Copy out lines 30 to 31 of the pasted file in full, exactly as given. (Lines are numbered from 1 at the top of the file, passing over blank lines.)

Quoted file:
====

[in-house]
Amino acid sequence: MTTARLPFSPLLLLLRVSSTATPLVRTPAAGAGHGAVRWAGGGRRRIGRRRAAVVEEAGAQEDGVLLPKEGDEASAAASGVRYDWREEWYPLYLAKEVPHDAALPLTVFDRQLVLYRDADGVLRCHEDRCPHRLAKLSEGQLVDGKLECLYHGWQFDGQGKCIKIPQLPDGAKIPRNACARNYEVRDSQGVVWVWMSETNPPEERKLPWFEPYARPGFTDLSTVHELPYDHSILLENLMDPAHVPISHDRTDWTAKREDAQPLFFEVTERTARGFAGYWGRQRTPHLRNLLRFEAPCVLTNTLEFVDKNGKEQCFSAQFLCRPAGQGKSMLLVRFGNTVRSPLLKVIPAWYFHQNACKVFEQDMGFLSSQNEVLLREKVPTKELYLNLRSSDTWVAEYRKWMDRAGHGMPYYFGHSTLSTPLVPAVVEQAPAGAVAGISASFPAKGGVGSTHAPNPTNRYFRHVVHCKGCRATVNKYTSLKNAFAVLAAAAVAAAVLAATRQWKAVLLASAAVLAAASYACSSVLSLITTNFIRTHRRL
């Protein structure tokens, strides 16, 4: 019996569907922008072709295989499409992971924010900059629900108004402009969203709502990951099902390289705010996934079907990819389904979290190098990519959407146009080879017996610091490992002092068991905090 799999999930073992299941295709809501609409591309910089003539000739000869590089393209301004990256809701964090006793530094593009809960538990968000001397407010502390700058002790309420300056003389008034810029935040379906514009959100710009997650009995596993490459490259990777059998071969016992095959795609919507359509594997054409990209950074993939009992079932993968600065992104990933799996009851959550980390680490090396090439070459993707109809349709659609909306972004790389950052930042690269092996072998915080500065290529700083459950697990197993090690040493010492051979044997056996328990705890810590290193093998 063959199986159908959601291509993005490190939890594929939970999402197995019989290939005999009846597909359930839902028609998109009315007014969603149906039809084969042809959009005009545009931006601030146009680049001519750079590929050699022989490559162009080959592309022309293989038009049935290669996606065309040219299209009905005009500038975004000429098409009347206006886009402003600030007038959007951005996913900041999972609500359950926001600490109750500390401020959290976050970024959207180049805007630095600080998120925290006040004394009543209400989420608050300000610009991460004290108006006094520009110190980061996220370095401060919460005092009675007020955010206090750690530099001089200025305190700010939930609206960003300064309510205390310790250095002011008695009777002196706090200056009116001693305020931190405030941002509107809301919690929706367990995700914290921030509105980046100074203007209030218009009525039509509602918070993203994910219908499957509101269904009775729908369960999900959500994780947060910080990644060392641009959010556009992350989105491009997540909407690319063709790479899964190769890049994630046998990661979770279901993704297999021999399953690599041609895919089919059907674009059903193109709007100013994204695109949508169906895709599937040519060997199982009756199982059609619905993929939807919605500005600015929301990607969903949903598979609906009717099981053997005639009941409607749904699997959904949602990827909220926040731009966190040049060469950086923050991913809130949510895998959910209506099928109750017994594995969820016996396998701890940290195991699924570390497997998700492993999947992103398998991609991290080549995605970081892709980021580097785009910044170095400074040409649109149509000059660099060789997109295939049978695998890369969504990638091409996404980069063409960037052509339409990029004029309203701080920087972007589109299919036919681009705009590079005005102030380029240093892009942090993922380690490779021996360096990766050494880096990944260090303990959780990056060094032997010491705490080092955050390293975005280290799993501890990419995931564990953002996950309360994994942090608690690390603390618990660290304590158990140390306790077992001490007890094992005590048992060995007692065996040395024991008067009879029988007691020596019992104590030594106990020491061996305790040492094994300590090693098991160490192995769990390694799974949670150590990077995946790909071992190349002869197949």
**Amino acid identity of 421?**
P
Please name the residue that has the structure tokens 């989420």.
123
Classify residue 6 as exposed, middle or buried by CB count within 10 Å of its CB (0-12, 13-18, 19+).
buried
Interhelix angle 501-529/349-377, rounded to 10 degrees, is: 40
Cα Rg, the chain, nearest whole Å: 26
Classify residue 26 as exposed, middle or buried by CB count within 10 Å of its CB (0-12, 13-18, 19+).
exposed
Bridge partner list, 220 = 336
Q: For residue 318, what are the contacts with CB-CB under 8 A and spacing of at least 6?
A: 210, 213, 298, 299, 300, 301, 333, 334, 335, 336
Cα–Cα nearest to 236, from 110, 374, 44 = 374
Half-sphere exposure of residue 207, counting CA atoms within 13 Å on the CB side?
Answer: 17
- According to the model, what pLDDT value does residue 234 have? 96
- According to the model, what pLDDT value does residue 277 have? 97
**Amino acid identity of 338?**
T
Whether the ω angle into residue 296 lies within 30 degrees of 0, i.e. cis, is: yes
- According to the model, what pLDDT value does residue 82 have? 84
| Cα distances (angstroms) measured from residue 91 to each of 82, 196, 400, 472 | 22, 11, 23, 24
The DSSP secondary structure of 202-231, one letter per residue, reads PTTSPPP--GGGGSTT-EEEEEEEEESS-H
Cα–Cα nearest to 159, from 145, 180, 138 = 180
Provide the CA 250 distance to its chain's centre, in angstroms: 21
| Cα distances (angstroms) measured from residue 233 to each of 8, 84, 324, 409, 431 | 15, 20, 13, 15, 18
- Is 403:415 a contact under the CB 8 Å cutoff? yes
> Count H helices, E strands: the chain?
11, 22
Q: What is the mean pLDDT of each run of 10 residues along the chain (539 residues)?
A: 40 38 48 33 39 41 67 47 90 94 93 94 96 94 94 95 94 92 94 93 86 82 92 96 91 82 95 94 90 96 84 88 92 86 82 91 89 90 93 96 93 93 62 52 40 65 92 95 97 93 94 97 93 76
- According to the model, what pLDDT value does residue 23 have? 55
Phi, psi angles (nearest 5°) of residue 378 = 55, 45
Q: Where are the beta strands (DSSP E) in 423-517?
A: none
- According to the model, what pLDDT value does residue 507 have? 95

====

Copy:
| Cα distances (angstroms) measured from residue 233 to each of 8, 84, 324, 409, 431 | 15, 20, 13, 15, 18
- Is 403:415 a contact under the CB 8 Å cutoff? yes